Appeals Court, January 7, 2014
In an operating after suspension case, the Commonwealth may introduce a certified docket sheet indicating a license suspension as part of the disposition to prove the element of notice.
The Commonwealth is not required to prove as an element of the crime of operating after suspension that a defendant had not been granted a hardship license.
After trial, the defendant was convicted of operating a motor vehicle with a suspended license based on an underlying conviction for operating under the influence (OUI). During the trial, to prove the defendant was notified of the license suspension, the Commonwealth introduced a certified copy of the criminal docket for the defendant’s underlying OUI offense. Included in the certified docket sheet was a handwritten notation indicating “60 day license loss.” The docket sheet also indicated that the defendant admitted to sufficient facts to warrant a finding of guilty on the OUI charge just 36 days prior to being pulled over and charged with operating with a suspended license for OUI; well within the 60 day time period of the suspension.
On appeal the defendant argued that his motion for a required finding of not guilty should have been allowed because the Commonwealth failed to prove that the defendant was on notice that his license was suspended, and that the Commonwealth was required and failed to prove that the Defendant had not been granted a hardship license.
The defendant argues that introduction of the certified docket of his underlying OUI conviction was not enough to prove that he was put on notice of the 60 day license suspension. The Court disagreed ruling that “where the defendant was present in court, tendered a plea, and received a disposition of his OUI charge consistent with G. L. c. 90, § 24D, the judge was well entitled to draw the reasonable, commonsense inference that the defendant was put on notice of the terms under which his case was resolved.”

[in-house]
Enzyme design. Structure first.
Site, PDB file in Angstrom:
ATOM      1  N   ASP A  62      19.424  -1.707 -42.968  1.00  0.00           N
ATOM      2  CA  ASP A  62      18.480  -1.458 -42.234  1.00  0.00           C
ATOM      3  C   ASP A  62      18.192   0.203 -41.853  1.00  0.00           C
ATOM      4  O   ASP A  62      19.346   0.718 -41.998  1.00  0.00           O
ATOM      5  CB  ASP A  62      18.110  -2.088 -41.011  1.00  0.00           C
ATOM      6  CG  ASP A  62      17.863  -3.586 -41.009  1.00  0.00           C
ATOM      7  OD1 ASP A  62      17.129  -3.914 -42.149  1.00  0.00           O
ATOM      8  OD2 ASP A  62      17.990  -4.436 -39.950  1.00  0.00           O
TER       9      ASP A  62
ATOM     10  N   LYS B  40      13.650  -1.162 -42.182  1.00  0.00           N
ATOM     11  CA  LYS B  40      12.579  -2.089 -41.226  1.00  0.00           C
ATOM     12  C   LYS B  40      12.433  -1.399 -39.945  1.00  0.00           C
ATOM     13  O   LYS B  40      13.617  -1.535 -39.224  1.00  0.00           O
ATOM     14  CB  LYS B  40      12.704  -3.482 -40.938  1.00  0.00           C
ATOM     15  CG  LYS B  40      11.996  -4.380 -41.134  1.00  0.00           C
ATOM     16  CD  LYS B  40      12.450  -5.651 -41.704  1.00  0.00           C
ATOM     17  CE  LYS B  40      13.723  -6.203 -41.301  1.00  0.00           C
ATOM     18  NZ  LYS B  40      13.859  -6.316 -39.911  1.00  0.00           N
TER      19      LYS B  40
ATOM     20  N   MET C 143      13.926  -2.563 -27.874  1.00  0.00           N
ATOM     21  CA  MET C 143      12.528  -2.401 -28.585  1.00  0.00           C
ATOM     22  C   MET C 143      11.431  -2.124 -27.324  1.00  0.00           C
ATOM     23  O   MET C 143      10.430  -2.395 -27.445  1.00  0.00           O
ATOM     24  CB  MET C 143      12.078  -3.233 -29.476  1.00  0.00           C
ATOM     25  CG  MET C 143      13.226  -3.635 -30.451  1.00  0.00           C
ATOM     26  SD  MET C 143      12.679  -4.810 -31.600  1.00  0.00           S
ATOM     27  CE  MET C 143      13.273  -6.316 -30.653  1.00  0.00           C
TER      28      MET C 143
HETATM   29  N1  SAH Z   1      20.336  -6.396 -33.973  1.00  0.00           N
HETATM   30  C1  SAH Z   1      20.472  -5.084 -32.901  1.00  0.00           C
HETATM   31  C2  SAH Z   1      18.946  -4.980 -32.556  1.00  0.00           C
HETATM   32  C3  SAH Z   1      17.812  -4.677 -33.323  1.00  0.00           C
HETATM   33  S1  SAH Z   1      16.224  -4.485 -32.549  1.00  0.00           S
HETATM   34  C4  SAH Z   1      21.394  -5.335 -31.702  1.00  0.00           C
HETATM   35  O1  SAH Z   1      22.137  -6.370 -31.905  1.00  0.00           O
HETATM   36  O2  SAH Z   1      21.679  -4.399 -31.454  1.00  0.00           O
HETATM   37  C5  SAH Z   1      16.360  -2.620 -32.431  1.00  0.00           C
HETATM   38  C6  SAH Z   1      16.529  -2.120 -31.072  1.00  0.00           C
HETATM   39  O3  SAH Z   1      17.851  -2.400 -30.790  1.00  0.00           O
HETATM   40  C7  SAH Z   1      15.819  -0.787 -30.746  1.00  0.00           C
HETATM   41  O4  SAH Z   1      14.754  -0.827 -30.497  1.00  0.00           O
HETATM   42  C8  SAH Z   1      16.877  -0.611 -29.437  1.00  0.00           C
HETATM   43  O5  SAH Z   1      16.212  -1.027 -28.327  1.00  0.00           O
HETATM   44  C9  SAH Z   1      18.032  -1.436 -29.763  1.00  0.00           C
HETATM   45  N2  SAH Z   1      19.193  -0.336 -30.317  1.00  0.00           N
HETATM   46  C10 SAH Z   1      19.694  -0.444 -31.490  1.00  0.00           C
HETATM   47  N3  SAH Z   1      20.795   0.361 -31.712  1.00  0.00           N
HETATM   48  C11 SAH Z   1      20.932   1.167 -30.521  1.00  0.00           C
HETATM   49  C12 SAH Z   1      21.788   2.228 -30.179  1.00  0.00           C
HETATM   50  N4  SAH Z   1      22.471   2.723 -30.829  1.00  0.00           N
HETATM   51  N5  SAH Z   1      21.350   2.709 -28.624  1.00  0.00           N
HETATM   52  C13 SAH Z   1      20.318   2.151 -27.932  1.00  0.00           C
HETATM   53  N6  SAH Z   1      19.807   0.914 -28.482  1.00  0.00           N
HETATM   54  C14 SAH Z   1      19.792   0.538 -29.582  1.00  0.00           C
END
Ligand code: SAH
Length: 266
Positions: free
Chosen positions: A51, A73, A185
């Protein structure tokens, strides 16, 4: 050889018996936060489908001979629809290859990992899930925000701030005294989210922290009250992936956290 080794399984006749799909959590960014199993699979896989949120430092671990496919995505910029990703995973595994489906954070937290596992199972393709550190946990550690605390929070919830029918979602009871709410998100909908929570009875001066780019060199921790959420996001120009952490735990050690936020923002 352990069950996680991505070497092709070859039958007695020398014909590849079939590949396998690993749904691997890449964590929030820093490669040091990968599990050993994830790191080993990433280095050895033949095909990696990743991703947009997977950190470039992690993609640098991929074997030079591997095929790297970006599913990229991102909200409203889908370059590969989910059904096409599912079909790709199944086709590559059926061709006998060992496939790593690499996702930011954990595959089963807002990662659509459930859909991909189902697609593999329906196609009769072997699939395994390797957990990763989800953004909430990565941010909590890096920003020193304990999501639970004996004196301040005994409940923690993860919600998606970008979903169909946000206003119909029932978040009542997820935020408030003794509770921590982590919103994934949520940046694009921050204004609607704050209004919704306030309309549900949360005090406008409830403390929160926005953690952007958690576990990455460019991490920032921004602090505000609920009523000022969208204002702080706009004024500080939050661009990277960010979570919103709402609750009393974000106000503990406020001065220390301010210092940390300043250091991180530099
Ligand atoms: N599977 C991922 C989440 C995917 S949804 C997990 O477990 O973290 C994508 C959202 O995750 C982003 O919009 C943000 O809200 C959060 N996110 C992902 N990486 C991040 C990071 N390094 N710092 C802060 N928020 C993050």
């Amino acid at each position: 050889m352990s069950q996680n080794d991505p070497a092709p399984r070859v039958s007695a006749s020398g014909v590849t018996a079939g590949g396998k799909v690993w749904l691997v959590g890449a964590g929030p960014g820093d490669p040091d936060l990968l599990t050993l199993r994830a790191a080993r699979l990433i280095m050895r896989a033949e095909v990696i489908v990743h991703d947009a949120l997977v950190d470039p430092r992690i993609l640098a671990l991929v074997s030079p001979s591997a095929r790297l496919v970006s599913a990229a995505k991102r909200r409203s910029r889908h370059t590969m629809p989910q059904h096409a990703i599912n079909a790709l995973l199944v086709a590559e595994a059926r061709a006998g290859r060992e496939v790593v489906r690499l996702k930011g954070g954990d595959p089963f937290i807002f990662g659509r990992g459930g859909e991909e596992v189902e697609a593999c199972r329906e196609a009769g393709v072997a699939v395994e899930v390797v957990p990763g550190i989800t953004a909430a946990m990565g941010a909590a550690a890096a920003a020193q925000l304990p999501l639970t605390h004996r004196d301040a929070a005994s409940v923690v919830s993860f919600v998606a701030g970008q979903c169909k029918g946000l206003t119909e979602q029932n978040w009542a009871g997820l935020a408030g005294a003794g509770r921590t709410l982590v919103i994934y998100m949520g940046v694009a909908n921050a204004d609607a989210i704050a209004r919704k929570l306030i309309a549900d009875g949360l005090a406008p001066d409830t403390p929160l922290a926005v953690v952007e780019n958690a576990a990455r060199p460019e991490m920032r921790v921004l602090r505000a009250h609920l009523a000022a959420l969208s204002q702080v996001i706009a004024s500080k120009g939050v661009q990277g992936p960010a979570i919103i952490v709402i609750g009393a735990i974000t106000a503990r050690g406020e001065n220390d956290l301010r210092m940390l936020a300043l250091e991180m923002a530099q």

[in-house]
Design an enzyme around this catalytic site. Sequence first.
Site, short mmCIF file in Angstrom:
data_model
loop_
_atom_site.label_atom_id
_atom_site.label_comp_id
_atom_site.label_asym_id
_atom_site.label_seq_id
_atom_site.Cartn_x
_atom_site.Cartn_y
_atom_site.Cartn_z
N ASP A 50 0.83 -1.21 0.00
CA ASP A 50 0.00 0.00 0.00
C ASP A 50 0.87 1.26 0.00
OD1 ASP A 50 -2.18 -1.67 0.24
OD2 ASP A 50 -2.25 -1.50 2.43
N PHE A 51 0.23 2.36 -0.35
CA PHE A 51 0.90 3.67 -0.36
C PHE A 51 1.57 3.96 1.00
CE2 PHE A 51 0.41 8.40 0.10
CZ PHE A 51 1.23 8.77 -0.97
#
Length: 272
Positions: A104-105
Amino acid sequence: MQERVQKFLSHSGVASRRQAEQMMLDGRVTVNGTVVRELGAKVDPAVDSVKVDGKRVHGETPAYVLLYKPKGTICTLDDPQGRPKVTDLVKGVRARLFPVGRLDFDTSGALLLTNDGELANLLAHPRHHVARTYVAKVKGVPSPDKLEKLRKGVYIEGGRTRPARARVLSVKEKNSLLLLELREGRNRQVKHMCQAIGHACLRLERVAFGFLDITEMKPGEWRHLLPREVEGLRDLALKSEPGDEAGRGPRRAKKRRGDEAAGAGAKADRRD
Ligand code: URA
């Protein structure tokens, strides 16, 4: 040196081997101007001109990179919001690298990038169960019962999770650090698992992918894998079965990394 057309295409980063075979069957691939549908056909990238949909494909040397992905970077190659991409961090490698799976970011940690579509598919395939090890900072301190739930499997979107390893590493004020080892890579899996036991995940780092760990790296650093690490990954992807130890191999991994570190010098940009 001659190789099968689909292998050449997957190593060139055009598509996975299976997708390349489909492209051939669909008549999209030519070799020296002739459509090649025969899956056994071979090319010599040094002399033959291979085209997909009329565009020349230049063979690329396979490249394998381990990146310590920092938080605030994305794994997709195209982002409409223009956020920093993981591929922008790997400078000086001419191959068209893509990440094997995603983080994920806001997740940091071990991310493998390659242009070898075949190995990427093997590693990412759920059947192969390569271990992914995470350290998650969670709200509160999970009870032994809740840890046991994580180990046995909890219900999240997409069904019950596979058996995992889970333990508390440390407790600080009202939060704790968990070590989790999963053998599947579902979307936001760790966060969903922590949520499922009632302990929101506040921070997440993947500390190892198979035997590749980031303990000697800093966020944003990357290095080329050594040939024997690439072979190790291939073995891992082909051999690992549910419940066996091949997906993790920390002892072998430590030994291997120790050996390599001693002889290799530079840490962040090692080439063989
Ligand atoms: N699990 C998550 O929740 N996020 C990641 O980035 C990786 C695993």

Commonwealth’s failure to prove the defendant has been granted a hardship license:
The defendant claims that in addition to the three elements required to prove operating after suspension: 1) operation; 2) suspended license at time of offense; and 3) notice, that the Commonwealth is required to negate the possibility that the suspended operator's license has been restored by way of a hardship license. The defendant relies on the language of G.L. c. 90, § 23, which states: "Any person convicted of operating a motor vehicle after his license to operate has been suspended or revoked . . . and prior to the restoration of such license . . . shall be punished . . .." The Court disagreed with the defendant, “this language simply states the obvious: to be guilty of operating with a suspended license, the defendant must be shown to have operated a motor vehicle during the period when the suspension was in effect.” The Commonwealth is not required to prove that a defendant had not been granted a hardship license in order for a defendant to be convicted of the crime of operating after suspension.